Head coach Gerhard Struber has screwed around with the formation inn recent weeks, which affects the rest of the back line. In a four-man backline, homegrowns John Tolkin (left) and Kyle Duncan (right) man the fullback spots, but there’s been something of a hybrid 3-4-3 lately, with Tolkin maintaining a pseudo-LCB position while Duncan is a wingback. That’s put US starlet Caden Clark in the LWB spot, even though he’s more naturally a No. 10. Thanks to available personnel this afternoon (about which more in a moment), it would not surprise to see Red Bulls forced into a more-typical formation. If they stick with the 3-4-3, ephemeral Boy in Gold Andrew Gutman is another primary option at LCB/LWB, to facilitate getting Clark higher up the pitch.
The holding midfielders are Sean Davis – typically the captain – and Dru Yearwood, most often. They’re both solid players overall, with Davis elite at just about every aspect of the position aside from getting into dangerous positions to receive passes. That’s largely a style-of-play factor, though, given the Red Bulls’ central midfielders are largely tasked with hoofing it upfield and getting ready to counterpress if their guy doesn’t come down with it. Yearwood’s passing breakout is below-average, which is a downstream effect of that style, as well.
The attacking-ish pieces of this lineup will be thrown into a bit of chaos with forward/winger Patryk Klimala suspended after a late yellow card in the midweek game. His presence as a winger with center-forward abilities has facilitate the fluid formation of recent weeks, and without him, it wouldn’t surprise me to see a more-typical 4-2-3-1 (though I also wouldn’t be surprised if the 3-4-3 of the past several weeks is tweaked, rather than scrapped entirely). You can bet that Fabio – reportedly not the former margarine spokesman – will be the center forward in Klimala’s absence.
This brings us to perhaps the biggest thing that’s held Red Bulls back over the course of the 2021 season: finishing. Klimala has just eight goals on 13.13 expected, Fabio six on 9.84 expected, Dani Royer zero on 1.73 expected… between your strikers alone, that’s 14 goals that should – with average finishing – have been more like 25. On a given day, the expected goals are more predictive than underachievement, thanks to an element of randomness in finishing. But there’s possibly an argument that some combination of system effects and perhaps minute differences in finishing ability (again: this is largely randomness over the course of a career, but for the 2021 edition of RBNY, it might be A Thing) mean they just won’t get the job done on a consistent basis, anyway.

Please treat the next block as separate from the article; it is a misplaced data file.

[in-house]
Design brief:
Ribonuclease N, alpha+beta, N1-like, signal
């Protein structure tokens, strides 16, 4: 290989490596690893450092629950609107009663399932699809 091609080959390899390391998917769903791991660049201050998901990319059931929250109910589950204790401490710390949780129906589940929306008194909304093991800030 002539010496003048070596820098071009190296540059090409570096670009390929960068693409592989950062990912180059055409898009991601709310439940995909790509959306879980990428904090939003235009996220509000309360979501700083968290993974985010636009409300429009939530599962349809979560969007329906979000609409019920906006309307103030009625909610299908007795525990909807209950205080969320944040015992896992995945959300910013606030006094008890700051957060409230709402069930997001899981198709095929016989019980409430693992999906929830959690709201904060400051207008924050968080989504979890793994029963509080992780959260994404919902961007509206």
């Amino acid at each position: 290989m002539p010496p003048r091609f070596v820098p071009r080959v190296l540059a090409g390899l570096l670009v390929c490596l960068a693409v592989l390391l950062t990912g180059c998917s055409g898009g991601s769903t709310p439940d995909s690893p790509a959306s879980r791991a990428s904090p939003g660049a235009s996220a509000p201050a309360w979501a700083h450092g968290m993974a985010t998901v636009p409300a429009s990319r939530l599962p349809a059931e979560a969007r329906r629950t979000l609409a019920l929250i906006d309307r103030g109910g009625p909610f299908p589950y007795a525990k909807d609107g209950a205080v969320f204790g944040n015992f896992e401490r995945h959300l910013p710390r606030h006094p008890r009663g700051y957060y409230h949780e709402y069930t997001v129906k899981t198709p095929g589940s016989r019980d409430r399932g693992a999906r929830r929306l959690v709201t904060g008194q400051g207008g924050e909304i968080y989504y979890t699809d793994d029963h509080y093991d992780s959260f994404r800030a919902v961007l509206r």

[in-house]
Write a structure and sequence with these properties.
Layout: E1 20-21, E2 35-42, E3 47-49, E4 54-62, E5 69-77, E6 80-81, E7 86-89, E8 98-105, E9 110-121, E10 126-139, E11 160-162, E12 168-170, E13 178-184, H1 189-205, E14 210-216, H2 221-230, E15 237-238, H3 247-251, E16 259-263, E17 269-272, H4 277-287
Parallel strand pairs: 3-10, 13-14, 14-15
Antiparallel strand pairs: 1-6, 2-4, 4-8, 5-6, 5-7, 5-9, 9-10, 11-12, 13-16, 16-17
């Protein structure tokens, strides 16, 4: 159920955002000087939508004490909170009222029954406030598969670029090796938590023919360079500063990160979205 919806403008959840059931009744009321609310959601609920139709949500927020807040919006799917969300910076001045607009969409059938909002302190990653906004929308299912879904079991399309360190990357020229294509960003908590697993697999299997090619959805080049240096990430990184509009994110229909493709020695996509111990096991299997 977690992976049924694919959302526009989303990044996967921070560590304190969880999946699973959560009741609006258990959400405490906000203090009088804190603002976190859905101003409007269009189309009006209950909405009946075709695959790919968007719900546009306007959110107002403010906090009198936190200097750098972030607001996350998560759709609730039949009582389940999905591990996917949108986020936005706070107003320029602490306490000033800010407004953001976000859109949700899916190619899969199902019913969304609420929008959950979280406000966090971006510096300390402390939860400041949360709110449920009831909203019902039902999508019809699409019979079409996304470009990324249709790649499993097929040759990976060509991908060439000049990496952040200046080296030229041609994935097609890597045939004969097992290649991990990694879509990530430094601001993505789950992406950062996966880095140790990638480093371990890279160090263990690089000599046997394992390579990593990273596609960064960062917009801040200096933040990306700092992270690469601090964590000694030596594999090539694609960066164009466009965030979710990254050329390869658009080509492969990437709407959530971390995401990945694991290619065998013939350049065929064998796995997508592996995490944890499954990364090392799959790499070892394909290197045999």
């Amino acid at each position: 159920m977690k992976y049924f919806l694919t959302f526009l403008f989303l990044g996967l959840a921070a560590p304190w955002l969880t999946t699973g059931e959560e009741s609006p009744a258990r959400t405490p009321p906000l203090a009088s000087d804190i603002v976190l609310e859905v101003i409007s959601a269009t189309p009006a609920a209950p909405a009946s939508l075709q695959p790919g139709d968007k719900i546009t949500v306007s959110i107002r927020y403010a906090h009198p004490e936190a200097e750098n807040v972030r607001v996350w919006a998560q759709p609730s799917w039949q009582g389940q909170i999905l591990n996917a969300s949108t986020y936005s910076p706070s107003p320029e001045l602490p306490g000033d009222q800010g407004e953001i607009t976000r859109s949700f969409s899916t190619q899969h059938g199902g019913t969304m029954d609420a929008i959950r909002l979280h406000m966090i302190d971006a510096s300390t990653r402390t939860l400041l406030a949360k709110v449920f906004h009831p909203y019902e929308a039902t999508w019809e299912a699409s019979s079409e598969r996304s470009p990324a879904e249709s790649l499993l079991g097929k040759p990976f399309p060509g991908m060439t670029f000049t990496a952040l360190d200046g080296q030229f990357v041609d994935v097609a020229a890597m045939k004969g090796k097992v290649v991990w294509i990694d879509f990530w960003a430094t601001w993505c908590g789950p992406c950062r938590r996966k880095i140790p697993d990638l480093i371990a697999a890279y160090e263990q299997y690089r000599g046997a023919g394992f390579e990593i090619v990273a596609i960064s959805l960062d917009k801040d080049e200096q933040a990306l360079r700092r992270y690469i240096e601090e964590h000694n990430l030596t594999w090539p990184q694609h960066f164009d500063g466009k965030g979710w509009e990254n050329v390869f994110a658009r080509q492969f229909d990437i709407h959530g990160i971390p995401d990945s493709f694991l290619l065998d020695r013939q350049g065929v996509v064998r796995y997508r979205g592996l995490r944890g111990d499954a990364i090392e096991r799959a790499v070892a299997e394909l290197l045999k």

The creators, on the other hand, have been solid-though-unspectacular. It’s a bit of a shared duty, with the 6-4 Fabio having lump-and-layoff responsibilities that have seen him lead the team with 3.56 expected assists (which have turned into five goals – the non-striker portions of this team are having a much more productive year putting the ball into the back of the net commensurate with their xG). Winger Cristian Cásseres, Clark (who’s played winger and attacking central mid before the Great Formation Weirdness), fullback Kyle Duncan, and Klimala are behind him in terms of creating for each other. Former FC Cincinnati castoff Frankie Amaya has been surprisingly low in the creation department, but he’s playing a more conservative position in his limited minutes for the Red Bulls.